This chapter examines how the Army, the largest of the service branches, has confronted the challenge of recruiting a volunteer force. Over the course of the all-volunteer force (AVF), the Army has frequently made economic appeals, showcasing service as a path to economic security and upward mobility. Army recruiting ads have offered good jobs, technical training, and, increasingly, access to professional careers. Army recruiting materials in the second half of the AVF have sometimes forged links between civilian careers and militaristic imagery. In addition to promising the excitement of military action, these ads bring together more traditional forms of military masculinity with newer, business-world forms of masculinity that are gaining prominence in the larger culture. In this way, I would argue, the Army is making a bridge between the older forms of masculinity with which Army service had been associated and forms that are becoming hegemonic in the civilian world, a bridge that serves both to revitalize Army masculinity, making it seem more up-to-date, and to validate the business world as a source of status and prestige for young men.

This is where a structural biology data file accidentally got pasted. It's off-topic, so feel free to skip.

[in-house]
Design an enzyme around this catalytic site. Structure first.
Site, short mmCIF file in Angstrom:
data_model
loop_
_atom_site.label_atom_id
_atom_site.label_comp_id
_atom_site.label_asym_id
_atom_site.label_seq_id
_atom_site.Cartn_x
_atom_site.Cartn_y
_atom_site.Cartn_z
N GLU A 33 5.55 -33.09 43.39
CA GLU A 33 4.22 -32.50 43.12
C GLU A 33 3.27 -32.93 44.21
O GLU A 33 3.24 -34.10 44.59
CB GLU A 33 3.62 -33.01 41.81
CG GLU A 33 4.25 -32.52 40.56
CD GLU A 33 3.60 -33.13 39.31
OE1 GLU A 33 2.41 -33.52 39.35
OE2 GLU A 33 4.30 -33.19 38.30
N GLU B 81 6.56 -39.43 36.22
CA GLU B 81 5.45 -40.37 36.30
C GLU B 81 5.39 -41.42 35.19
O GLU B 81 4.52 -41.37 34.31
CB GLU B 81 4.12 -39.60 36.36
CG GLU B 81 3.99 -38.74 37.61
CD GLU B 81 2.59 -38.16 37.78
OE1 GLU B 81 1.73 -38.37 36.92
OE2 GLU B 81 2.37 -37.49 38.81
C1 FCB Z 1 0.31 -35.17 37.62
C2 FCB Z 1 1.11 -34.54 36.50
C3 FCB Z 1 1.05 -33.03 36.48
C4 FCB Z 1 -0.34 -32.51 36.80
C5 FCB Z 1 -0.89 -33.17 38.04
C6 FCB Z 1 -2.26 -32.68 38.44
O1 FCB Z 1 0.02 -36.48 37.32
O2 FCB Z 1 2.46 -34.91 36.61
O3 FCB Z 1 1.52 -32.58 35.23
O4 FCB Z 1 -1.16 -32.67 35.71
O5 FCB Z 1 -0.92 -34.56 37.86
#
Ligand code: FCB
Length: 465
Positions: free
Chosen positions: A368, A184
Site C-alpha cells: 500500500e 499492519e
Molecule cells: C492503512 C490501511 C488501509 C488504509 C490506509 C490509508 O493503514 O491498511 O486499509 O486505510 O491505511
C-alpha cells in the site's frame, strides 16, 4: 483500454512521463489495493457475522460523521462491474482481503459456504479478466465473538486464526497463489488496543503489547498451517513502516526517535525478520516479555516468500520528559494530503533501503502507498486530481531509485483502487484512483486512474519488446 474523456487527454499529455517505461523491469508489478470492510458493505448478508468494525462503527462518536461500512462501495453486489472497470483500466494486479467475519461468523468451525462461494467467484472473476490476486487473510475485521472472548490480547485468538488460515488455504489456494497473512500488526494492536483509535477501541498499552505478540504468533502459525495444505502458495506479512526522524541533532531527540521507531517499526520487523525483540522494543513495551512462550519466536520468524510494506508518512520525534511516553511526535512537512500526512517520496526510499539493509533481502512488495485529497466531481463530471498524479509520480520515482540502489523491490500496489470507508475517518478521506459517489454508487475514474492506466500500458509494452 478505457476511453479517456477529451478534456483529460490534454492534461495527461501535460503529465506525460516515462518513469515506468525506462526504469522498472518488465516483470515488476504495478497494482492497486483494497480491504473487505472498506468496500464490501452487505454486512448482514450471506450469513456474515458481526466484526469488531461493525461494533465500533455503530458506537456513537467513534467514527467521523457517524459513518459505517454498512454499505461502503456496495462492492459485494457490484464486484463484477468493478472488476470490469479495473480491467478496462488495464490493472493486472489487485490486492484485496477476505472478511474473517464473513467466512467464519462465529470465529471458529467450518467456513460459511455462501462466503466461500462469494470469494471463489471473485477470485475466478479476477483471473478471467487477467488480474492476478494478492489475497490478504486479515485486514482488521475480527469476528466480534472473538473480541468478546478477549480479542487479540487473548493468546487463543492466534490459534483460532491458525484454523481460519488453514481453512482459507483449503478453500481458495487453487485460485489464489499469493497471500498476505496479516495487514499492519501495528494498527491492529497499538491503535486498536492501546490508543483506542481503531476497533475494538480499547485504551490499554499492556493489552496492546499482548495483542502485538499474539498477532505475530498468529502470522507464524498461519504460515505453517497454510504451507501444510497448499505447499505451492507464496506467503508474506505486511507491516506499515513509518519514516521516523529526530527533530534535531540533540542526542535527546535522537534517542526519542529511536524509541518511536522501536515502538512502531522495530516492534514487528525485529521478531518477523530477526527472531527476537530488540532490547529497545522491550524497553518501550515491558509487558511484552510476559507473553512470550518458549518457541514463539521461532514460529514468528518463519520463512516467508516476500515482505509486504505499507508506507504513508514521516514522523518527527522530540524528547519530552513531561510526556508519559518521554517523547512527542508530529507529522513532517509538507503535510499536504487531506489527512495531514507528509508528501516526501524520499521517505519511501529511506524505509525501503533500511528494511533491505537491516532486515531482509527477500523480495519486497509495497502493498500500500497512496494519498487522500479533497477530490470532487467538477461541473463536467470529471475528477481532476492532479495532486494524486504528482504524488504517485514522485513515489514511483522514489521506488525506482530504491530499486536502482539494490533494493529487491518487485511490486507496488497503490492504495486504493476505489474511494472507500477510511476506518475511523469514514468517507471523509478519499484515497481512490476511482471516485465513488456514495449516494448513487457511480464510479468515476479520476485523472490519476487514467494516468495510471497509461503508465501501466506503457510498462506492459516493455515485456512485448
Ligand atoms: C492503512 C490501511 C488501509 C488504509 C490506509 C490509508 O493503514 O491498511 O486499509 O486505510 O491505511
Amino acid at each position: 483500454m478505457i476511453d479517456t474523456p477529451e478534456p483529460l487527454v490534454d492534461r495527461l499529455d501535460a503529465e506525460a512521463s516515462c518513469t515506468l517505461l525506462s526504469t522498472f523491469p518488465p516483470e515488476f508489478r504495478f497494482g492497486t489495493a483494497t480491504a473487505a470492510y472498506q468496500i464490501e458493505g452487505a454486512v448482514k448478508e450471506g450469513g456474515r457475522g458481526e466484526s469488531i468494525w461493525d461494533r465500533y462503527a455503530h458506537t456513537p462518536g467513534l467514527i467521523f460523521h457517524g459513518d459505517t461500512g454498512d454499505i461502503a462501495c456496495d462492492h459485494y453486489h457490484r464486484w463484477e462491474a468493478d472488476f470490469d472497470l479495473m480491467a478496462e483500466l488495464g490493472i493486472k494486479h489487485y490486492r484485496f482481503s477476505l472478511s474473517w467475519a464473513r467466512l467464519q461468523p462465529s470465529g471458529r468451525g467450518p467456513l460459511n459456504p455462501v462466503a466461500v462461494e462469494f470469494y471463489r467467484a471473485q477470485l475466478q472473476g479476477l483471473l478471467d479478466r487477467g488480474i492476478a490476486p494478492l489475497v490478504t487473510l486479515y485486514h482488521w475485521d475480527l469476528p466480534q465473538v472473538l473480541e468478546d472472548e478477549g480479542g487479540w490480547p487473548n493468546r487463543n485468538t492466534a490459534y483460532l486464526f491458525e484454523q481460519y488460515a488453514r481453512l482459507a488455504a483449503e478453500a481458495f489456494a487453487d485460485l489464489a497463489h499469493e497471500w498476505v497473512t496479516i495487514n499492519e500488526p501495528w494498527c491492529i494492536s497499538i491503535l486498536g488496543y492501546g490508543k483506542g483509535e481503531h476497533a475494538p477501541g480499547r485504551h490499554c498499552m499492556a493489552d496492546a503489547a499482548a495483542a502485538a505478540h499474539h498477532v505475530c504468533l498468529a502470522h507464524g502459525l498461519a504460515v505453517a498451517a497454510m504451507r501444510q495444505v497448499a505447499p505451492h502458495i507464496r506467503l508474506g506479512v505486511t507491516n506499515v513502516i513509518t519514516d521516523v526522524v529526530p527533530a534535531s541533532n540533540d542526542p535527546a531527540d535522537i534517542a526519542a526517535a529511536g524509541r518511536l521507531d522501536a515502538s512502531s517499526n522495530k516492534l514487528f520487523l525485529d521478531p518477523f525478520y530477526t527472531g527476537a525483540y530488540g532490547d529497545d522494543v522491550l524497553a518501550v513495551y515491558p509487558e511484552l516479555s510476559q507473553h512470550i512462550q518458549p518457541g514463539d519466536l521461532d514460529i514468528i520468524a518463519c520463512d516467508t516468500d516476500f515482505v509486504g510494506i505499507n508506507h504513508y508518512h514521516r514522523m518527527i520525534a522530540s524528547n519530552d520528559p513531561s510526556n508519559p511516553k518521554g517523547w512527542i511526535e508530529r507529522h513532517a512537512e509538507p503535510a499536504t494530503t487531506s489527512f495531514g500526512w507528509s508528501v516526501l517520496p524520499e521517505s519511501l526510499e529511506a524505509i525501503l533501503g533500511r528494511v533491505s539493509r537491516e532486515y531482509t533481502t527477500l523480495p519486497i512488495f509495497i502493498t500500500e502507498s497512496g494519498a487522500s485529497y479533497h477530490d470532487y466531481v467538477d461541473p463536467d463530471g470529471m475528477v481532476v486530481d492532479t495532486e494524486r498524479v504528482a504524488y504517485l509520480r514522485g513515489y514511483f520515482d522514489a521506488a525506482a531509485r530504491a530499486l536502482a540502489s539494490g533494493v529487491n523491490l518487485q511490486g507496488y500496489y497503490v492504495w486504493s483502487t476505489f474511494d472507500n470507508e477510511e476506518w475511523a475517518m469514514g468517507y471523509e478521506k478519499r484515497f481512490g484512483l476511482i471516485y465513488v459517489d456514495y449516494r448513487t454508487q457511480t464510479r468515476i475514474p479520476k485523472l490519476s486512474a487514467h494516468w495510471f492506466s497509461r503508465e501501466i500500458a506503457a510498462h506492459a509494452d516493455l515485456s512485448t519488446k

The Army has also promised character development and personal transformation, developing a soldiering masculinity that involves young men testing and proving themselves. While this form of masculinity relies on the traditional warrior trope of facing a challenge and demonstrating strength and courage, and it involves displays of weaponry and other visual markers of warriorhood, the Army’s version of soldiering masculinity is accessible and personified by “regular guys.” As fits a military branch that needs to attract large numbers of recruits, in the Army, manhood seems to be a goal within reach of the average young man. The Army, more so than any other service, has also created many ads—especially those touting specific educational benefits— that could be read as gender neutral. In addition, the Army has used images of